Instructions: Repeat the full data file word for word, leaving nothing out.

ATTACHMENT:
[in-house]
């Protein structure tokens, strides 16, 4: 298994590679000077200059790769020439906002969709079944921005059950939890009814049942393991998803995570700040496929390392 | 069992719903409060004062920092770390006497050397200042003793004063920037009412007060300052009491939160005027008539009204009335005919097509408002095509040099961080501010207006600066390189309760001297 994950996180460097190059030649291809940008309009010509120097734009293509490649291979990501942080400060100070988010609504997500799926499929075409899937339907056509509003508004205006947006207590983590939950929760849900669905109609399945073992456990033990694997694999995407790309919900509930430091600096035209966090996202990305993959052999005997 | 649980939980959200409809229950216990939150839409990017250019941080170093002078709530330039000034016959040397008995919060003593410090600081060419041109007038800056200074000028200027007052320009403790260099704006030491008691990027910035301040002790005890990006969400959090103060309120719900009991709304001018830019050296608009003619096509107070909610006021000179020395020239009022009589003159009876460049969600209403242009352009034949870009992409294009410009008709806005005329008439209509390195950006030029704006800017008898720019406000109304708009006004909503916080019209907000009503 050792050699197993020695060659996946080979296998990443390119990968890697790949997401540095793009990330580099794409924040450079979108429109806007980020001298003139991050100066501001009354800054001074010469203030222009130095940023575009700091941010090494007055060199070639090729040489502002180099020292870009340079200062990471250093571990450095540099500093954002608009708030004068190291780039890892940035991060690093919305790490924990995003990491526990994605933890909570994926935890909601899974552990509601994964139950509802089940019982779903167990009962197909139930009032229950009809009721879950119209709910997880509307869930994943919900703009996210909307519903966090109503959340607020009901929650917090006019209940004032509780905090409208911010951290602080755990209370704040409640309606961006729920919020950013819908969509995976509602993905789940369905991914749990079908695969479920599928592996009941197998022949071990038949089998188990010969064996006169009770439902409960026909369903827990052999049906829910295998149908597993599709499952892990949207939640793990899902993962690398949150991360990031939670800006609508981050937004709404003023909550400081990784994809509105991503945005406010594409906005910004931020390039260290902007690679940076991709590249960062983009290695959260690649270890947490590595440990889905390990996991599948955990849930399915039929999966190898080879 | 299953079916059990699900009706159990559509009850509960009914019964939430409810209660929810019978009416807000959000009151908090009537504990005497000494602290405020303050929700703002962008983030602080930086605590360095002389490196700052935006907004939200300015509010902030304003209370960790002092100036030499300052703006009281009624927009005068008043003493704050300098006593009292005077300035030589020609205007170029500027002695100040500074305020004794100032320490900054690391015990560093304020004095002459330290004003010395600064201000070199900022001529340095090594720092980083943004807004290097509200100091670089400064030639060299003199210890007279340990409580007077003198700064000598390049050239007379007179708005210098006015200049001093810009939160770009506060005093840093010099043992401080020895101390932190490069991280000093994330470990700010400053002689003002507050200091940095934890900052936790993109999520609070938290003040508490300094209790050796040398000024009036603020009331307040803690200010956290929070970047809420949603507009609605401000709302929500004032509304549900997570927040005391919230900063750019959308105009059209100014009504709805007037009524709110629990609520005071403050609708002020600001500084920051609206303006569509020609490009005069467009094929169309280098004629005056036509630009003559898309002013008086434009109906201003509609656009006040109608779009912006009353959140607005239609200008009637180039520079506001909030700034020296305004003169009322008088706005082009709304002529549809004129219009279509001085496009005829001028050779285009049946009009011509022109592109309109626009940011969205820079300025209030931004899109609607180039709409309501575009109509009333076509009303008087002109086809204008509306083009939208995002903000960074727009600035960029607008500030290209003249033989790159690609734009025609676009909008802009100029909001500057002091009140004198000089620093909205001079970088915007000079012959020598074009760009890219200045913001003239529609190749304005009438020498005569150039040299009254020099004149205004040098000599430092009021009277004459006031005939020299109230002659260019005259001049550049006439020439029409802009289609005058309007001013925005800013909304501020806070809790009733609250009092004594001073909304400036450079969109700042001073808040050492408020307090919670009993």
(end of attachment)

[in-house]
């Protein structure tokens, strides 16, 4: 298994590679000077200059790769020439906002969709079944921005059950939890009814049942393991998803995570700040496929390392 | 069992719903409060004062920092770390006497050397200042003793004063920037009412007060300052009491939160005027008539009204009335005919097509408002095509040099961080501010207006600066390189309760001297 994950996180460097190059030649291809940008309009010509120097734009293509490649291979990501942080400060100070988010609504997500799926499929075409899937339907056509509003508004205006947006207590983590939950929760849900669905109609399945073992456990033990694997694999995407790309919900509930430091600096035209966090996202990305993959052999005997 | 649980939980959200409809229950216990939150839409990017250019941080170093002078709530330039000034016959040397008995919060003593410090600081060419041109007038800056200074000028200027007052320009403790260099704006030491008691990027910035301040002790005890990006969400959090103060309120719900009991709304001018830019050296608009003619096509107070909610006021000179020395020239009022009589003159009876460049969600209403242009352009034949870009992409294009410009008709806005005329008439209509390195950006030029704006800017008898720019406000109304708009006004909503916080019209907000009503 050792050699197993020695060659996946080979296998990443390119990968890697790949997401540095793009990330580099794409924040450079979108429109806007980020001298003139991050100066501001009354800054001074010469203030222009130095940023575009700091941010090494007055060199070639090729040489502002180099020292870009340079200062990471250093571990450095540099500093954002608009708030004068190291780039890892940035991060690093919305790490924990995003990491526990994605933890909570994926935890909601899974552990509601994964139950509802089940019982779903167990009962197909139930009032229950009809009721879950119209709910997880509307869930994943919900703009996210909307519903966090109503959340607020009901929650917090006019209940004032509780905090409208911010951290602080755990209370704040409640309606961006729920919020950013819908969509995976509602993905789940369905991914749990079908695969479920599928592996009941197998022949071990038949089998188990010969064996006169009770439902409960026909369903827990052999049906829910295998149908597993599709499952892990949207939640793990899902993962690398949150991360990031939670800006609508981050937004709404003023909550400081990784994809509105991503945005406010594409906005910004931020390039260290902007690679940076991709590249960062983009290695959260690649270890947490590595440990889905390990996991599948955990849930399915039929999966190898080879 | 299953079916059990699900009706159990559509009850509960009914019964939430409810209660929810019978009416807000959000009151908090009537504990005497000494602290405020303050929700703002962008983030602080930086605590360095002389490196700052935006907004939200300015509010902030304003209370960790002092100036030499300052703006009281009624927009005068008043003493704050300098006593009292005077300035030589020609205007170029500027002695100040500074305020004794100032320490900054690391015990560093304020004095002459330290004003010395600064201000070199900022001529340095090594720092980083943004807004290097509200100091670089400064030639060299003199210890007279340990409580007077003198700064000598390049050239007379007179708005210098006015200049001093810009939160770009506060005093840093010099043992401080020895101390932190490069991280000093994330470990700010400053002689003002507050200091940095934890900052936790993109999520609070938290003040508490300094209790050796040398000024009036603020009331307040803690200010956290929070970047809420949603507009609605401000709302929500004032509304549900997570927040005391919230900063750019959308105009059209100014009504709805007037009524709110629990609520005071403050609708002020600001500084920051609206303006569509020609490009005069467009094929169309280098004629005056036509630009003559898309002013008086434009109906201003509609656009006040109608779009912006009353959140607005239609200008009637180039520079506001909030700034020296305004003169009322008088706005082009709304002529549809004129219009279509001085496009005829001028050779285009049946009009011509022109592109309109626009940011969205820079300025209030931004899109609607180039709409309501575009109509009333076509009303008087002109086809204008509306083009939208995002903000960074727009600035960029607008500030290209003249033989790159690609734009025609676009909008802009100029909001500057002091009140004198000089620093909205001079970088915007000079012959020598074009760009890219200045913001003239529609190749304005009438020498005569150039040299009254020099004149205004040098000599430092009021009277004459006031005939020299109230002659260019005259001049550049006439020439029409802009289609005058309007001013925005800013909304501020806070809790009733609250009092004594001073909304400036450079969109700042001073808040050492408020307090919670009993």